French Calvados producers are upset by a ‘vague’ European Commission response to their demand that Finnish retailers stop selling 'imitation' spirits they claim have hit exports.
But the head winemaker of Finnish concern Vinni Verla, which makes one of the brands under fire, ‘Verlados’, tells BeverageDaily.com that despite pulling the name for now, his company is “still fighting” in the EU’s highest court to keep it.
Calvados is protected by PDO status under Annex III of Regulation (EC) No 110/2008 and can only be produced in Normandy, France, and producers claims that exports are falling due to the imitation products.
French MEP Jean-Paul Gauzès tabled a question to the Commission on September 23 noting that Calvados producers are “faced with a situation in which Finnish producers are marketing imitation products with misleading names such as ‘Alvados’ or ‘Verlados’”.
Apple-based spirits ‘Alvados’ was being sold in Finnish state-run shops, he added, while Calvados exports to the Baltic States and Scandinavia were falling.
Scandinavia and Baltic Calvados sales stall...
The Interprofession des Appellations Cidricoles (IDAC) which represents 400+ Calvados producers, blamed such Finnish apple brandies for an abrupt halt to growth in exports of the Norman spirit to "important markets" in Scandinavia and the Baltic.
Anne Basley, from IDAC, told this website: "The Finnish market grew 24% between 2000 and 2005, and regrettably fell 25% between 2005 and 2012, the damage is therefore clear."
Basley said her organization was not aware of a court action from Vinni Verla, and added that if the company did not stop using the name Verlados then IDAC would demand that the Commission reopen the case it initiated last year (see below).
‘Serious impact on local producers’
Following a complaint from Calvados producers, the Commission began investigating Finnish producers in December 2012, and Gauzès asked for an update on progress.
He also asked what measures the Commission had taken and planned to take vis-à-vis the Finnish authorities to address a problem that was having a “serious impact on local producers and jobs”?
If the Finnish authorities failed to take action, Gauzès added, would the Commission start infringement proceedings against the country?
Answering Gauzès’ questions on October 31, Dacian Ciolos, EU Commissioner for Agriculture and Rural Development said that the Finnish authorities had confirmed that they had taken steps to halt the marketing of the drinks under the contentious names.
“According to the Finnish authorities, the procedures may lead to withdrawal from the market – as per article 49 of the Alcohol Act – in the case of a refusal to modify the names in question,” he wrote.
spiritsEurope slams ‘vague’ Commission answer
In light of this Finnish action, Ciolos said that – barring further complaints – the opening of an infraction procedure against the Finns was not justified, although the Commission would monitor the implementation of the promised measures.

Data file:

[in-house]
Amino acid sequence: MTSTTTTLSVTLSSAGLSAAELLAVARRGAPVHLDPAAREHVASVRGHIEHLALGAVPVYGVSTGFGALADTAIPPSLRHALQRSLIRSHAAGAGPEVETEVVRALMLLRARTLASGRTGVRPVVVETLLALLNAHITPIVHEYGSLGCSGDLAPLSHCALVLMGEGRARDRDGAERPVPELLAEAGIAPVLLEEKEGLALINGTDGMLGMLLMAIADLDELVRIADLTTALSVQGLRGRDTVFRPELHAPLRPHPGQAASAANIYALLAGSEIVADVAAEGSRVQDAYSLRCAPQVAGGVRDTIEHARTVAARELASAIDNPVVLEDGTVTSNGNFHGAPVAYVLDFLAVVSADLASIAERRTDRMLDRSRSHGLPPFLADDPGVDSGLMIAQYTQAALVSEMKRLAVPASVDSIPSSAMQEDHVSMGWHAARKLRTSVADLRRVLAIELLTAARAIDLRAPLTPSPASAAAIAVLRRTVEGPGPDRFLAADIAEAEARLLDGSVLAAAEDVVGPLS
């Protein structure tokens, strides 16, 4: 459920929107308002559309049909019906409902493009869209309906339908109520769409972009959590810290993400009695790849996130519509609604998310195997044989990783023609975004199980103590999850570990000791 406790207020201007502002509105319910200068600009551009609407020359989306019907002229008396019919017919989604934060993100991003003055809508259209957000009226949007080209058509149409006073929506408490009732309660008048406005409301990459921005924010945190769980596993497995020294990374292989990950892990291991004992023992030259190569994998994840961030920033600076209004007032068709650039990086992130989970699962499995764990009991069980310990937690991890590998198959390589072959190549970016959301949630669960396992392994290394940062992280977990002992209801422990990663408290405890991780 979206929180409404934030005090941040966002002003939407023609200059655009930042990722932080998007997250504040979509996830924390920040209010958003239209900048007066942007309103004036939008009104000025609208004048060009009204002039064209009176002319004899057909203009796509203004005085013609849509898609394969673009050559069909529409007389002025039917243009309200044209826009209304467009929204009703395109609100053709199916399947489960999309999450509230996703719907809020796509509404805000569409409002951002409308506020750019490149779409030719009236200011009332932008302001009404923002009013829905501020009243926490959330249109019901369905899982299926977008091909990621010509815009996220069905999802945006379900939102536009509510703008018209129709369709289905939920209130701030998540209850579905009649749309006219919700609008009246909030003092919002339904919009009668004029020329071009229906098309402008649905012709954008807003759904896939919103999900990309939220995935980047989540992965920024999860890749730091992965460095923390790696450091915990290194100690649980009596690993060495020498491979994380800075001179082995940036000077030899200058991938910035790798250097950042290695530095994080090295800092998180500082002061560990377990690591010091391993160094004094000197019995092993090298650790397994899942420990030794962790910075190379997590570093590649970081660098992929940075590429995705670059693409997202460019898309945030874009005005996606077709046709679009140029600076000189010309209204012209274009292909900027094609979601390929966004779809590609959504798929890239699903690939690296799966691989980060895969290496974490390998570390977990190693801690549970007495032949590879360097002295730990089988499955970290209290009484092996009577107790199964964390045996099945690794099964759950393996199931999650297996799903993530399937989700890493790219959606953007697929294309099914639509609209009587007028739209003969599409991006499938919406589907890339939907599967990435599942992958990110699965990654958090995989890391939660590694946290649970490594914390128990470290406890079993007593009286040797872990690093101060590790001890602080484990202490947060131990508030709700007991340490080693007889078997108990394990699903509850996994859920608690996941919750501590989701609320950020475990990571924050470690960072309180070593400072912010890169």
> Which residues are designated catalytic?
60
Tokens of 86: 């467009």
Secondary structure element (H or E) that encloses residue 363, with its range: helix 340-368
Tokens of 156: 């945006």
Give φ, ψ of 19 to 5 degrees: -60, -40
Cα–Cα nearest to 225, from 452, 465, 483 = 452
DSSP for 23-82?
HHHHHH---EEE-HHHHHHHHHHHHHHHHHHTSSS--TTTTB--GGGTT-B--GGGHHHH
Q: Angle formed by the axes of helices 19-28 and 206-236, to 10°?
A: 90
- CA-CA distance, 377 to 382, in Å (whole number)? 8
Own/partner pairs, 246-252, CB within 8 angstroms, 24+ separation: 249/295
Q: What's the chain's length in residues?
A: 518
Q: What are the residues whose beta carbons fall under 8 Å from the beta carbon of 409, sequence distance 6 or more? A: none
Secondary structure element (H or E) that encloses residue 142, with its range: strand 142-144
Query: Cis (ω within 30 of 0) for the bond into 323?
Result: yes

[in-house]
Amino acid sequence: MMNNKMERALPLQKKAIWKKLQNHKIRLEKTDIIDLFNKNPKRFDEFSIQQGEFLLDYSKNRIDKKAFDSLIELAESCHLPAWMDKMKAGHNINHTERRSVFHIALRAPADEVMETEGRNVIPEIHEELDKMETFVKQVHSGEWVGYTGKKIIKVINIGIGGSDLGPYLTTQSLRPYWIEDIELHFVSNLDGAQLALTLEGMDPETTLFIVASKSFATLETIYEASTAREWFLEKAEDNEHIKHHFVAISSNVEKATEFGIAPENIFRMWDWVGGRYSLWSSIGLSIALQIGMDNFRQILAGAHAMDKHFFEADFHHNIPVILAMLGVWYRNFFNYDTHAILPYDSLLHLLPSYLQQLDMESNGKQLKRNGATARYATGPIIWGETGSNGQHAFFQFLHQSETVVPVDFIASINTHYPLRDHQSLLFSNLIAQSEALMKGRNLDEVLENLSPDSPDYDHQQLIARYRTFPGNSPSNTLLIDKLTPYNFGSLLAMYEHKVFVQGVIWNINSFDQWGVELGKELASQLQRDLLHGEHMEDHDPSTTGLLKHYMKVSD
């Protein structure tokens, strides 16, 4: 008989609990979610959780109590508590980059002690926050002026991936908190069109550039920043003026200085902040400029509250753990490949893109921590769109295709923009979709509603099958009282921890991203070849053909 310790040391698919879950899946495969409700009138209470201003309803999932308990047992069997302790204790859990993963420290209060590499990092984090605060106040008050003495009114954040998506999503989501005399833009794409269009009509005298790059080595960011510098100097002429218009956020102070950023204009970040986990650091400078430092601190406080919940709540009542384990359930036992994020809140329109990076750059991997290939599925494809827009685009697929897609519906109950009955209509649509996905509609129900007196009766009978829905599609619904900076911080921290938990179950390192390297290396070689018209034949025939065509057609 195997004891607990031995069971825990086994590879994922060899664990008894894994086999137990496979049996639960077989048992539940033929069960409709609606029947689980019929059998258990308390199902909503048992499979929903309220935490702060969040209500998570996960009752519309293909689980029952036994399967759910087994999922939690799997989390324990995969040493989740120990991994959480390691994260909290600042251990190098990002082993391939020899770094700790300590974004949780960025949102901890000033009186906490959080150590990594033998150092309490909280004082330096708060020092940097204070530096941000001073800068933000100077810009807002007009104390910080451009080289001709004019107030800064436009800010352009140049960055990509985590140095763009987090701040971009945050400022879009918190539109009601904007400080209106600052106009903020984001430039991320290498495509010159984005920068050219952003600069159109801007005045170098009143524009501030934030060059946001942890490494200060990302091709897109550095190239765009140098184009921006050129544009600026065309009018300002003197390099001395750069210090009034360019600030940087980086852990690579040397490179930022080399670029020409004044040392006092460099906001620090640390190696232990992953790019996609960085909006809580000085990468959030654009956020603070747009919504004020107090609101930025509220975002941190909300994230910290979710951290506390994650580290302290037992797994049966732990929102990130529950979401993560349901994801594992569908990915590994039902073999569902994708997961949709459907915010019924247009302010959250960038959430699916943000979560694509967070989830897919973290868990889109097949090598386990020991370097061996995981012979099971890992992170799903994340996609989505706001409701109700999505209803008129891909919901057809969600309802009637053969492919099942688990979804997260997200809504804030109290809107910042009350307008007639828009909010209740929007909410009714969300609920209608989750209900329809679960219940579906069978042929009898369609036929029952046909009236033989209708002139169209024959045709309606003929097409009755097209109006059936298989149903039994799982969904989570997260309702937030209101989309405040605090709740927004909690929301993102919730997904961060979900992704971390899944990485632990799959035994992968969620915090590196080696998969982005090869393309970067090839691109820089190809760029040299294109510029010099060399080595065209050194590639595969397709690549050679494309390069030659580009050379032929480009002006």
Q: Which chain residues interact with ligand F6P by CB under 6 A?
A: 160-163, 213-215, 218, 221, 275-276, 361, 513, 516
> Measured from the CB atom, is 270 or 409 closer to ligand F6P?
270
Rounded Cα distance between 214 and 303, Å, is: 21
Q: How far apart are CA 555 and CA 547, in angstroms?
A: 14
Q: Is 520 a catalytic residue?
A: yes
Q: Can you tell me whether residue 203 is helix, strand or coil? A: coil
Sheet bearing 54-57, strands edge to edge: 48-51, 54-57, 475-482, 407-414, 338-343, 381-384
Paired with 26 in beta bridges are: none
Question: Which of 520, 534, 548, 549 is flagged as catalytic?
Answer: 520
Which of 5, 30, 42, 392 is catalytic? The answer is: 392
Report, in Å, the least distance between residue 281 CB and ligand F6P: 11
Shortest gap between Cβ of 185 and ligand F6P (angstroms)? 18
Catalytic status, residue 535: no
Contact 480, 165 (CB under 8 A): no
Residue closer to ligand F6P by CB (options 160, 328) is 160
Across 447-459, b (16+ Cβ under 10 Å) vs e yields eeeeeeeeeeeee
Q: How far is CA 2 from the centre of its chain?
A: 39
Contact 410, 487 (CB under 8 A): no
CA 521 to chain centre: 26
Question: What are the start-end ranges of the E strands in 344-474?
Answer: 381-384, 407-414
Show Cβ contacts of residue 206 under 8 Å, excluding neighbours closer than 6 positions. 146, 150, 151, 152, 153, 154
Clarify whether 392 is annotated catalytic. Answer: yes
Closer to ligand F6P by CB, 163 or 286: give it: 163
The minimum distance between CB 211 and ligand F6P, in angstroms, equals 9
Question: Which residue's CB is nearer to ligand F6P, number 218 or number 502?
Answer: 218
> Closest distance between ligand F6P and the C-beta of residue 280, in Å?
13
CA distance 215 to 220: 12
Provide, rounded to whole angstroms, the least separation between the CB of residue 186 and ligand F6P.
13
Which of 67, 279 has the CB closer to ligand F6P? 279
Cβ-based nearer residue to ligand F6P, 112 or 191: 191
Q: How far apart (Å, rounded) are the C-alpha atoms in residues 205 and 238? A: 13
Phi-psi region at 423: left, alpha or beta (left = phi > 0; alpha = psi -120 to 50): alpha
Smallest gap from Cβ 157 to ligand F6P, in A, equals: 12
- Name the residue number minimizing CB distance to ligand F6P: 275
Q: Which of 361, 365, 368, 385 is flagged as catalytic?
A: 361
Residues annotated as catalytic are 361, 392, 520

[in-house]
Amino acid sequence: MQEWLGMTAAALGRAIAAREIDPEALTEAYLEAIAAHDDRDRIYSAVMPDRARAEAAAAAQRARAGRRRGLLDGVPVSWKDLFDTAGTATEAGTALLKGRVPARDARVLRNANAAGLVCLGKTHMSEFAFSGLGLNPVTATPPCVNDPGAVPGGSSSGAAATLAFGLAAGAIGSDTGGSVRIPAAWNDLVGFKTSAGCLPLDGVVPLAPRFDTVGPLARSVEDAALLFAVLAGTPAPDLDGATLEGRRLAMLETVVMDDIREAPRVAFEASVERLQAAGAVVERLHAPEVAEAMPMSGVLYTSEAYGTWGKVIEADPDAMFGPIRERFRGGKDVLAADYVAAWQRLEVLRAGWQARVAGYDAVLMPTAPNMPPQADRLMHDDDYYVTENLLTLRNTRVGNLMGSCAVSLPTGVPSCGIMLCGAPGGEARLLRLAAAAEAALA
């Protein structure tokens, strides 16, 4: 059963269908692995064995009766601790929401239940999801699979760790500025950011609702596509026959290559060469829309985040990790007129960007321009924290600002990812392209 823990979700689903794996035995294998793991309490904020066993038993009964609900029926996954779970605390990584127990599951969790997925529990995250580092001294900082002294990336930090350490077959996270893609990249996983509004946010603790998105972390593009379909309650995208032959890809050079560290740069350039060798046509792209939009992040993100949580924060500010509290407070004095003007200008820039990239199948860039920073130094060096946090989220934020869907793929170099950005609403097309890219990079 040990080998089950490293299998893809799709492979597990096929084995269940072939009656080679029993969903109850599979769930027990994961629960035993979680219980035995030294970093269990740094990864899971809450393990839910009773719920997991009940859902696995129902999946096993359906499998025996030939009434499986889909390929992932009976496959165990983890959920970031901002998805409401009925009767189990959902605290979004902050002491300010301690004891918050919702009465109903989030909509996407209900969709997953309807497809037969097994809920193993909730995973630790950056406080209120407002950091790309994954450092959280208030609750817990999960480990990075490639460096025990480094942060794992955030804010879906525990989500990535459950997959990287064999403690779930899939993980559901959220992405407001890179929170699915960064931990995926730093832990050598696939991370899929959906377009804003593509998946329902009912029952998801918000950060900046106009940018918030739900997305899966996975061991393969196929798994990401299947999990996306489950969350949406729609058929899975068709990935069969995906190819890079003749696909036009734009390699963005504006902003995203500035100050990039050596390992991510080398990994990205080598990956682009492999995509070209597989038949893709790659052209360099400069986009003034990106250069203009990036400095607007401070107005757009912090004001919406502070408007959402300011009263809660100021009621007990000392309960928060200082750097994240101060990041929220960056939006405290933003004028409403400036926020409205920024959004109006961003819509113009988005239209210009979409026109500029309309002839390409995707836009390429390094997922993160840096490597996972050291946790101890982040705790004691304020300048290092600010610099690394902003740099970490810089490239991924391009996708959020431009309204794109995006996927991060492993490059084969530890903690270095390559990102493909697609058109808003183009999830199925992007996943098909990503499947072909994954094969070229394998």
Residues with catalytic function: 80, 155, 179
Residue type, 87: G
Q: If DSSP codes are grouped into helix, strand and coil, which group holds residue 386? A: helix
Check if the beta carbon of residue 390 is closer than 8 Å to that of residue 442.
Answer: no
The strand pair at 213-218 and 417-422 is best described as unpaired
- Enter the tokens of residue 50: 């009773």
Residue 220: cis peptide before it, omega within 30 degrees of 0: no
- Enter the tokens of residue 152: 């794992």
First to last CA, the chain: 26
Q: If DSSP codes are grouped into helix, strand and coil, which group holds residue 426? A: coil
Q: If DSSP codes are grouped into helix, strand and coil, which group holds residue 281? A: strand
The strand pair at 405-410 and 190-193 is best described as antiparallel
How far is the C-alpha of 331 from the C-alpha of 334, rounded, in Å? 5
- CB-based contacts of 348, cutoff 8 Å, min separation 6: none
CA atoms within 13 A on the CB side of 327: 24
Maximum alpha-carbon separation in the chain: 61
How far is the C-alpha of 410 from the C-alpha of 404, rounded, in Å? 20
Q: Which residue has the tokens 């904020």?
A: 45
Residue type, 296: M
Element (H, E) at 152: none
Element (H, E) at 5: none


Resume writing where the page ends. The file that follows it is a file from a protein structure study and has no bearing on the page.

But spiritsEurope said the French producers of Calvados could not be satisfied with such a vague answer and urged the Commission to defend producers’ rights more effectively.
spiritsEurope asked the following questions: Would all imitation products be removed? Would the decision apply to all products sold in shops and online? When will such a removal take place?
“As we write, more than a year after the complaint was filed to the Commission – consumers can still buy ‘Verlados’ online,” spiritsEurope added.
‘We are still fighting’ – Verlados producer
Vinni Verla, head winemaker, Juha Kuronen said his firm first received complaints from Calvados producers about the Verlados name in 2006, and confirmed that the Commission (via the Finnish government) had requested his company stop using it.
“We have a case going on before the EU’s highest court and we have not surrendered yet. The EU Commission requested that we stop using the name before February 1 but we are still fighting.”
Nonetheless, Kuronen said that Vinni Verla had temporarily stopped using the Verlados name to continue sales, but said the step was “hopefully temporary”.
Basley hit back at Kuronen's claim that the Verlados name was not sufficiently similar to infringe that of Calvados, and she cited EU Regulation 110/2008, where Article 16 protects geographic indications.
"Commercialization under the name 'Verlados' is not fortuitous, it easily leads to confusion with the Calvados appellation and makes it possible to lead the consumer into error," she said.
She said that Calvados producers simply wished that the producers of Alvados and Verlados change the name of their products, withdraw the existing brands from distribution - including bottles sold via online channels - and that the Finnish government ensures that this is done.
Stressing the history of Verlados (distilled since 1999) and its high quality (as an organic apple brandy aged in Portuguese oak barrels from four or 10 years) Kuronen said that sales of the apple brandy were highest in Finland and the UK.
31 different types of apple were fermented to make the base wine that is then distilled.